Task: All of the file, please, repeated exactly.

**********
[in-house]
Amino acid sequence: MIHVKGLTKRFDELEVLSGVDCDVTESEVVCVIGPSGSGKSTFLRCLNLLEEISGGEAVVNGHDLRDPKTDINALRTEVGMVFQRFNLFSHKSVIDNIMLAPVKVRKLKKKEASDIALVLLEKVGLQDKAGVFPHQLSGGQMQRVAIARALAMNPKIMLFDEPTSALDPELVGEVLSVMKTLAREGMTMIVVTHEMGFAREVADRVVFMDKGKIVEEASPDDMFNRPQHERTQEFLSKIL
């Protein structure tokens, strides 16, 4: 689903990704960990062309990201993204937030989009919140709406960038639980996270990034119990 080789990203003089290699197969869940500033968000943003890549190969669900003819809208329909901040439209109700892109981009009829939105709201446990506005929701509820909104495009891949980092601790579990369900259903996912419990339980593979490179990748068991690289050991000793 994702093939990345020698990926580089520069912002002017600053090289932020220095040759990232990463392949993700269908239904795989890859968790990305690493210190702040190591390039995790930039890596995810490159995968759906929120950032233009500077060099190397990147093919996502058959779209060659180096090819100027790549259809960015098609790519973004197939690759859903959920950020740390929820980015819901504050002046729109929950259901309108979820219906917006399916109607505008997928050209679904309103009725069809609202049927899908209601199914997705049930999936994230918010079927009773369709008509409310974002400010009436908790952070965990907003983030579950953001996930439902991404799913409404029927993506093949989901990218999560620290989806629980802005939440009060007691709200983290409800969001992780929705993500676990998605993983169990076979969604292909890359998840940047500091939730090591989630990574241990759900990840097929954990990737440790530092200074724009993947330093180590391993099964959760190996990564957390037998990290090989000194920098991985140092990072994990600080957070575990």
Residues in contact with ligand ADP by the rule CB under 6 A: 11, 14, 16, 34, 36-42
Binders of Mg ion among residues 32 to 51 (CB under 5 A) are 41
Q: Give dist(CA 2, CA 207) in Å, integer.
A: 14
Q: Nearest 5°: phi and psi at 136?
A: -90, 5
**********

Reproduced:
[in-house]
Amino acid sequence: MIHVKGLTKRFDELEVLSGVDCDVTESEVVCVIGPSGSGKSTFLRCLNLLEEISGGEAVVNGHDLRDPKTDINALRTEVGMVFQRFNLFSHKSVIDNIMLAPVKVRKLKKKEASDIALVLLEKVGLQDKAGVFPHQLSGGQMQRVAIARALAMNPKIMLFDEPTSALDPELVGEVLSVMKTLAREGMTMIVVTHEMGFAREVADRVVFMDKGKIVEEASPDDMFNRPQHERTQEFLSKIL
């Protein structure tokens, strides 16, 4: 689903990704960990062309990201993204937030989009919140709406960038639980996270990034119990 080789990203003089290699197969869940500033968000943003890549190969669900003819809208329909901040439209109700892109981009009829939105709201446990506005929701509820909104495009891949980092601790579990369900259903996912419990339980593979490179990748068991690289050991000793 994702093939990345020698990926580089520069912002002017600053090289932020220095040759990232990463392949993700269908239904795989890859968790990305690493210190702040190591390039995790930039890596995810490159995968759906929120950032233009500077060099190397990147093919996502058959779209060659180096090819100027790549259809960015098609790519973004197939690759859903959920950020740390929820980015819901504050002046729109929950259901309108979820219906917006399916109607505008997928050209679904309103009725069809609202049927899908209601199914997705049930999936994230918010079927009773369709008509409310974002400010009436908790952070965990907003983030579950953001996930439902991404799913409404029927993506093949989901990218999560620290989806629980802005939440009060007691709200983290409800969001992780929705993500676990998605993983169990076979969604292909890359998840940047500091939730090591989630990574241990759900990840097929954990990737440790530092200074724009993947330093180590391993099964959760190996990564957390037998990290090989000194920098991985140092990072994990600080957070575990």
Residues in contact with ligand ADP by the rule CB under 6 A: 11, 14, 16, 34, 36-42
Binders of Mg ion among residues 32 to 51 (CB under 5 A) are 41
Q: Give dist(CA 2, CA 207) in Å, integer.
A: 14
Q: Nearest 5°: phi and psi at 136?
A: -90, 5